- Back-up plans for possible instances where the new technology solution fails;
- A description of risk indicators that would prompt a financial service provider ("FSP") to refrain from utilising new digital ID system / technology solutions; and
- Procedures for the regular, ongoing and independent review of the new systems and processes effectiveness.
Regulated entities will need to carry out a formal risk assessment of e-KYC / digital ID technologies. The risk assessment should include documented consideration of how the proposed system works, the level of assurance that it provides, and any particular risks associated with it such as the accuracy of the underlying information and / or technology, appropriateness of the application for the relevant client base, timeliness of the applications' updates, i.e. sanctions lists, evaluation of the resilience and cyber security measures of the application, storage of personal information, etc.
The Revised GNs provide that customer identification and verification procedures that rely on reliable independent e-KYC / digital ID systems with appropriate risk mitigation measures in place, which meet ISO / IEC technical global standards for digital ID systems may present a standard level of risk, and may even be lower-risk where higher assurance levels are implemented and / or appropriate ML / TF risk control measures, such as product functionality limits, are present.
Video Conferencing and Selfies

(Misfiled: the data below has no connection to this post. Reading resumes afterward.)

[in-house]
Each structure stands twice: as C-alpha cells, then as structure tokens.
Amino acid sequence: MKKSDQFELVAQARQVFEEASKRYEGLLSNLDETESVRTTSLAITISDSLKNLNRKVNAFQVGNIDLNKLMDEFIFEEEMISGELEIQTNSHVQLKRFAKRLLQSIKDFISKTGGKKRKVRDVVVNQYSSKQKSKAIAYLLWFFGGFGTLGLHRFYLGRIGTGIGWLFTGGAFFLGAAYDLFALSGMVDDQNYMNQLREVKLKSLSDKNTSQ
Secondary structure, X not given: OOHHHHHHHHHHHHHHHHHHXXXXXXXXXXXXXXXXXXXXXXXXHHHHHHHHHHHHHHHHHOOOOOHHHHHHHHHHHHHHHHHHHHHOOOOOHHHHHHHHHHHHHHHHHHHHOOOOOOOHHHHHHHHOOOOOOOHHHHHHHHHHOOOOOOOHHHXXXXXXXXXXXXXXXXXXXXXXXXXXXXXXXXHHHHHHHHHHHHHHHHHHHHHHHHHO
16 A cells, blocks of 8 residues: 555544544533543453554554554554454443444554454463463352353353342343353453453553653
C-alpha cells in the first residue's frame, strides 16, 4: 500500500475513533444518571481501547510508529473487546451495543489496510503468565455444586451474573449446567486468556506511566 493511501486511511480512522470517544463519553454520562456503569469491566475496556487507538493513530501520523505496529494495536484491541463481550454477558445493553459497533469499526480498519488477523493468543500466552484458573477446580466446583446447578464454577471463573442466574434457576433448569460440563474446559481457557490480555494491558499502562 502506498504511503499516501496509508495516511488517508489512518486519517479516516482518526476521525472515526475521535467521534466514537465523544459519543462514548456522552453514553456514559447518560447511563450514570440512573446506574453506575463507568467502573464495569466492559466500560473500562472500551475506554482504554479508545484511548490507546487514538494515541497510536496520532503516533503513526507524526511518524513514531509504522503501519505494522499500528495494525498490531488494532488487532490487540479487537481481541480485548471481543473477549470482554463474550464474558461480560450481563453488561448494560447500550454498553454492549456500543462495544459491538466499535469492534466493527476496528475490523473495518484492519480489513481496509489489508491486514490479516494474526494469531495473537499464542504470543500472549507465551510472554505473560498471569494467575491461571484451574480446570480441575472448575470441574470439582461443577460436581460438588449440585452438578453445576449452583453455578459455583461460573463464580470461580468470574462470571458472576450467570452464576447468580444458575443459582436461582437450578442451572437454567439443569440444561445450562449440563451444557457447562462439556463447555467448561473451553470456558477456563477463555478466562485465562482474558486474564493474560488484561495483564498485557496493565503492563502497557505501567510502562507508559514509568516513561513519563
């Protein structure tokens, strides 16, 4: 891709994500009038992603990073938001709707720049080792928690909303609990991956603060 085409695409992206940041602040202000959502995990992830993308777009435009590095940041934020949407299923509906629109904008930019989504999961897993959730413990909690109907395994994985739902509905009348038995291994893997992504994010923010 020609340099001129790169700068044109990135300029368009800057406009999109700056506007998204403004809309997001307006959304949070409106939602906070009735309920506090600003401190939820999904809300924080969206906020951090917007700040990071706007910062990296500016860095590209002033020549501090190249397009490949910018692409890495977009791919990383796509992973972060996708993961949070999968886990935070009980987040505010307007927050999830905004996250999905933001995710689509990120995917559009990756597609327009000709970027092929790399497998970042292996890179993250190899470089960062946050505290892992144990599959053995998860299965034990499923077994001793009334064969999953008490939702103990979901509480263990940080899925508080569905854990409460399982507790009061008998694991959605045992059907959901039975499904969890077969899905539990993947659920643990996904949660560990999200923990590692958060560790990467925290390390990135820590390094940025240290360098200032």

The Revised GNs provide that "video-conferencing ...is not considered face-to-face".
The relevance of this is that by not being a 'face-to-face' meeting, additional checks are required.
In relation to verification of natural persons through 'selfie' documents, photographs or videos, the Revised GNs provide:
"Photographs should be in colour and clearly show the person's face, holding the identity document in the same photograph to demonstrate it actually belongs to the customer. A clear scanned copy in colour or photograph of the identity document itself should also be provided."
For corporate legal persons or legal arrangements (trusts, foundations), video-conferencing may be used to "identify natural persons such as directors and officers, ultimate beneficial owners, settlors or grantors, trustees, protectors, enforcers or those appointed to act on behalf of the customer".
To corroborate constitutional documents, regulated entities should seek to verify constitutional documents presented during a video conference against public sources, in accordance with the general guidance.
Importantly, there is also a requirement that accessible records be maintained. On this the Consultation Feedback provides that:
"The FATF Guidance states that regulated entities should ensure that they have access to, or have a process for enabling authorities to obtain, the underlying identity information and evidence or digital information needed for identification and verification of individuals. It does not prescribe how this should be done. Digital records specifying the types of identity evidence used for specific evidence, includingdatasource, date / time and means of accessing it may support this requirement."
For further guidance, FSPs may refer to the Statement of Guidance on Nature, Accessibility and Retention of Records issued by CIMA, where applicable.
The content of this article is intended to provide a general guide to the subject matter. Specialist advice should be sought about your specific circumstances.